It's not too late to reduce your tax bill

December 06, 1992|By Randy Smith | Randy Smith,Knight-Ridder News Service

PHILADELPHIA — Philadelphia--Quick, the tax man cometh.

No use wringing your hands in January over steps you could have taken this year to shelter income from the Internal Revenue Service's bite.

If you haven't already done it, now's the time for tax planning to maximize deductions and pay no more than necessary.

The timing of income and expenses, contributions to retirement plans and charity and how you manage investments can substantially affect your tax bill. And tax planning could be especially important this year, given the likelihood that Congress will increase taxes next year.

President-elect Clinton, for example, is proposing to raise tax rates to 36 percent, from 31 percent, for families making more than $200,000 and individuals making over $150,000.

People who can choose when they receive bonuses or other income "should consider accelerating income into 1992 to take advantage of potentially lower tax rates," the Coopers & Lybrand accounting firm said in a post-election analysis. Deductions "should be delayed until next year, when they have the potential to achieve greater tax savings."

To be sure, the wealthy, corporate executives and business owners have more to gain from tax planning.

Most people can't control when they get the bulk of their income -- salary, bank interest or stock dividends. It all adds to the current tax bill, due April 15.

Still, middle-income families can take steps to lighten the burden.

It could be as simple as making contributions to a 401(k) retirement plan or tax-deductible Individual Retirement Account, which reduce taxable income. Bunching uninsured medical bills

into a single year could help meet the IRS' stiff threshold for allowing deductions.

Or it could involve selling bad investments this year to create a loss that will balance taxable gains on other investments.

Starting this late in the year limits the benefits of tax planning, most of which accrue over time.

"The biggest mistake people make is waiting until the end of the year," said Paul Montgomery, a financial planner at Montgomery Associates in Exton, Pa. "They should start planning early in the year, when they're filling out tax returns for the previous year and records are handy."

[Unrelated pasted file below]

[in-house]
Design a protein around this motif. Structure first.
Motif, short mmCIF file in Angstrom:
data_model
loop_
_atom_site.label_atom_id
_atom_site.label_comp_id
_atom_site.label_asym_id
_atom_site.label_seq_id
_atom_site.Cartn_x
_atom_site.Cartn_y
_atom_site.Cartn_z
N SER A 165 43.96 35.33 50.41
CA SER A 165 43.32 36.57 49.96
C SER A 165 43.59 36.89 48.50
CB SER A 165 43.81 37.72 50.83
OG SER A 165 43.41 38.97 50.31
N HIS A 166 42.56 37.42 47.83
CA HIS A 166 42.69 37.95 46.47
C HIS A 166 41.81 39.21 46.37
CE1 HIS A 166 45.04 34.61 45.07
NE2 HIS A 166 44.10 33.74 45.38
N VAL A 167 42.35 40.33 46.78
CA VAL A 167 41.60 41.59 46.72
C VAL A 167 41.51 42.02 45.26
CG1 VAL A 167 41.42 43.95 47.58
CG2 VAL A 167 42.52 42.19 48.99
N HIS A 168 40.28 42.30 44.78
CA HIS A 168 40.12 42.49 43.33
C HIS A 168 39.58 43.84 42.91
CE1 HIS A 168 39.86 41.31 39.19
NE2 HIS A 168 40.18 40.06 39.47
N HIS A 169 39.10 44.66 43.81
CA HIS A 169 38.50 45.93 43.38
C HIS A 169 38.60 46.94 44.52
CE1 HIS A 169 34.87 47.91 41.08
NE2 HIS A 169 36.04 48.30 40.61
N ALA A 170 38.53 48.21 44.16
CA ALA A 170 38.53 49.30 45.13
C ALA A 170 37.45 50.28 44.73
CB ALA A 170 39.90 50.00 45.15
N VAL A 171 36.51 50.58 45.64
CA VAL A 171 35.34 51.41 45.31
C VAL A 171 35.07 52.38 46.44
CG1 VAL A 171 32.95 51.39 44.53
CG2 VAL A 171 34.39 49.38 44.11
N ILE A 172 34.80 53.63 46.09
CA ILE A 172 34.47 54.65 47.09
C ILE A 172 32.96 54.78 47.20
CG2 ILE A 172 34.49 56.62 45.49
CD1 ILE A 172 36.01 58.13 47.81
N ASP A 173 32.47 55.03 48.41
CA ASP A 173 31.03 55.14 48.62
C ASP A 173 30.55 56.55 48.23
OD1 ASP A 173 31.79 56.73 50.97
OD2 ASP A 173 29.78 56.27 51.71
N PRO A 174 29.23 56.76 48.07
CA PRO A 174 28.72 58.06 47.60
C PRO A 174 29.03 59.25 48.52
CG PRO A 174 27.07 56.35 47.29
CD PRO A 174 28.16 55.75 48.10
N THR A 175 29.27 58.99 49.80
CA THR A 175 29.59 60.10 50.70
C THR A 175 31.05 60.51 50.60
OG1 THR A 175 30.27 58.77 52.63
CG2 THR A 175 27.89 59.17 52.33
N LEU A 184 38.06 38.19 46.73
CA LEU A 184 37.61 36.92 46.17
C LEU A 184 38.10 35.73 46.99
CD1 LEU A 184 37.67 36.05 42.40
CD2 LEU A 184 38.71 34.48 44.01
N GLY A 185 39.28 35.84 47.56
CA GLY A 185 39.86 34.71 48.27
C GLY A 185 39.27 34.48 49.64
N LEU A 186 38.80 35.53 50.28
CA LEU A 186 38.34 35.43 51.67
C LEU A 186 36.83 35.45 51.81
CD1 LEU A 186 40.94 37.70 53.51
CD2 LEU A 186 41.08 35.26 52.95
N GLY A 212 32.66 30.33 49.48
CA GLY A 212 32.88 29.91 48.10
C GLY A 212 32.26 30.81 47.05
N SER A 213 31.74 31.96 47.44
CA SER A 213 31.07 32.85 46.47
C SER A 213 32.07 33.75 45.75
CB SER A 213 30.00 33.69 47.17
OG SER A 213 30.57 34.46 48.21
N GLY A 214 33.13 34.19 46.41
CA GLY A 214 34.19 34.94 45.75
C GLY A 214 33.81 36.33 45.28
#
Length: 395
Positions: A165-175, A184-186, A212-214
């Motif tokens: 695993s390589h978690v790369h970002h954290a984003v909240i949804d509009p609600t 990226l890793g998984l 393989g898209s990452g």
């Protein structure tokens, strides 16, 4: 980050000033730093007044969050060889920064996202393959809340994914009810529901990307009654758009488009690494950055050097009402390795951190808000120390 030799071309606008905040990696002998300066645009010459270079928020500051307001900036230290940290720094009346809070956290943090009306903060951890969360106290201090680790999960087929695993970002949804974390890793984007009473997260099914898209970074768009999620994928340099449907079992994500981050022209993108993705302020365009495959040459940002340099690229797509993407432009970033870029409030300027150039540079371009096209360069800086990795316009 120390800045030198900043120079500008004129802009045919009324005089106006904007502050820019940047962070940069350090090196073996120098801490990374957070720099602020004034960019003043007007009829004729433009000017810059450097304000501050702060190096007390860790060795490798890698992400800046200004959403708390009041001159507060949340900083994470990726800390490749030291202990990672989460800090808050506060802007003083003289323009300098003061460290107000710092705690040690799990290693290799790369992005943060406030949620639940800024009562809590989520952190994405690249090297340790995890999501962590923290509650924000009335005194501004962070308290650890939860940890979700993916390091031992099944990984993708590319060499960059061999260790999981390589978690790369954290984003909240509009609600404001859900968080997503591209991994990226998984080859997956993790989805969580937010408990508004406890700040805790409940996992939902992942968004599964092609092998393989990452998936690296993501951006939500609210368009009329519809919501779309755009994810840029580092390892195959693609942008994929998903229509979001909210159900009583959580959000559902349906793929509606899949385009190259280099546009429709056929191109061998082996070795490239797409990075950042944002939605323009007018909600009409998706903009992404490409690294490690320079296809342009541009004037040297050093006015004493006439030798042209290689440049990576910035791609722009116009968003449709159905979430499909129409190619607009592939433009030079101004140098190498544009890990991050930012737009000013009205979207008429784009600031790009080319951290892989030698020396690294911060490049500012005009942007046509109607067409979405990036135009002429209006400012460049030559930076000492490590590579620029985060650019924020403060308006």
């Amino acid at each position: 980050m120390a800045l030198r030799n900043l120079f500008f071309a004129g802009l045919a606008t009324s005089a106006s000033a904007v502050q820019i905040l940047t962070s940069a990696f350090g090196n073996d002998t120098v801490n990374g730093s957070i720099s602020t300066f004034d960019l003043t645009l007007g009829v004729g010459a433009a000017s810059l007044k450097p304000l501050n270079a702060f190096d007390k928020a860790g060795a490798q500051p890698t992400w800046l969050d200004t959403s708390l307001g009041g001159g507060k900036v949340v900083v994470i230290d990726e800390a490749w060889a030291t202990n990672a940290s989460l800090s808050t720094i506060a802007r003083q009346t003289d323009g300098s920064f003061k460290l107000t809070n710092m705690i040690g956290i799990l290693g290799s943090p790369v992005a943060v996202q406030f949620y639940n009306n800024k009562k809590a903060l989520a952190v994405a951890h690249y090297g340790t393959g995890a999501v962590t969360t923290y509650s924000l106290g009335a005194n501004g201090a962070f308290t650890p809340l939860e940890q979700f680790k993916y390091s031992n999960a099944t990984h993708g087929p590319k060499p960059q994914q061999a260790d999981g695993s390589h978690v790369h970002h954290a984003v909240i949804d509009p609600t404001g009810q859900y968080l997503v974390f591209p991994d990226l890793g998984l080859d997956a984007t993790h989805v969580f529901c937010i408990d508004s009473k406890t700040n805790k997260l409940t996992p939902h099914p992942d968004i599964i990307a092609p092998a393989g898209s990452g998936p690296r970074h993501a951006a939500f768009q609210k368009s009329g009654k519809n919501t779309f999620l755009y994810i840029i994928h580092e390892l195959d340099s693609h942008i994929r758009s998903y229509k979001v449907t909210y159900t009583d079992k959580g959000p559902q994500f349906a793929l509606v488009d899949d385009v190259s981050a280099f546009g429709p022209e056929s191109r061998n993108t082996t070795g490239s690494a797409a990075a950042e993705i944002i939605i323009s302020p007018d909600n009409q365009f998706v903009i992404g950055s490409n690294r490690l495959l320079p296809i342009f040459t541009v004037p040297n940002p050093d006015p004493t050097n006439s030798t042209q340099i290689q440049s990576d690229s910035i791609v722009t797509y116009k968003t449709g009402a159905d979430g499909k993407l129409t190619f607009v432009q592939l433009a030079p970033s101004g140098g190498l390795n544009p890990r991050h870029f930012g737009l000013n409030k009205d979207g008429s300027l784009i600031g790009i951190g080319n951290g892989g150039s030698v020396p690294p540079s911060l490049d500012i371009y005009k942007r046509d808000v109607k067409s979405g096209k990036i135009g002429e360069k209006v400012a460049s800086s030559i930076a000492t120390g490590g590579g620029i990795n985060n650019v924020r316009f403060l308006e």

Mr. Montgomery recommends reviewing taxes every three months.

Here are some effective ways to reduce taxes:

* Retirement plans.

Contributions to 401(k) plans are deducted from salary before taxes, so they reduce taxable income. Employees can contribute up to 20 percent of gross pay, up to a maximum of $8,728 in Suppose a person making $45,000 in taxable income contributes 10 percent, or $4,500, to a 401(k) plan. The contribution reduces current taxes by $1,260, based on a 28 percent tax rate.

It's a cheap way to save. Every $100 contribution reduces your withholding by $28, so net pay drops by $72.

But many eligible people say they can't afford to contribute. They get no tax benefits and risk shortchanging their retirement.

The solution could be to start small. "Start with 2 percent and Bease it up each year. When you get a raise, dedicate it to the 401 (k)," said Judith Lau, president of Lau & Associates, a Wilmington, Pa., financial planning firm.

* State and local taxes. You can deduct all state and local income taxes this year by paying them before Dec. 31. Pay in advance taxes due on non-wage income, such as interest, rather than paying them early next year.

* Medical and miscellaneous deductions. Strict limits make it tough for most people to claim these deductions. You can deduct only the portion of uninsured medical expenses exceeding 7.5 percent of adjusted gross income. Miscellaneous expenses must exceed 2 percent.

Suppose you have heavy medical or dental expenses this year that are likely to meet the 7.5 percent threshold. If so, any additional expenses this year would be tax deductible.

"Pay off the kid's orthodontist and schedule any planned medical work or surgery before December 31, so you'll get the deduction," Mr. Montgomery said.

By bunching two years' expenses into a calendar year, you're less likely to waste deductions.

The same is true for miscellaneous expenses. Be sure to deduct unreimbursed employee business expenses, such as a vehicle mileage allowance that doesn't fully cover operating costs.

* Balance capital gains and losses. If you sold investments this year, you don't want to end up with a big taxable gain. Nor do you want big losses, since you can deduct only $3,000 of losses from ordinary income in any one year.

"You always want to match gains and losses," said Michael Kennedy, tax partner-in-charge at Coopers & Lybrand.

If you own stocks that are performing poorly, you could sell them at a loss to balance gains on other investments. Similarly, investors with losses are usually better off taking an offsetting gain by Dec. 31, Mr. Kennedy said. You can buy back the stock, but you must wait 30 days to avoid losing the deduction.

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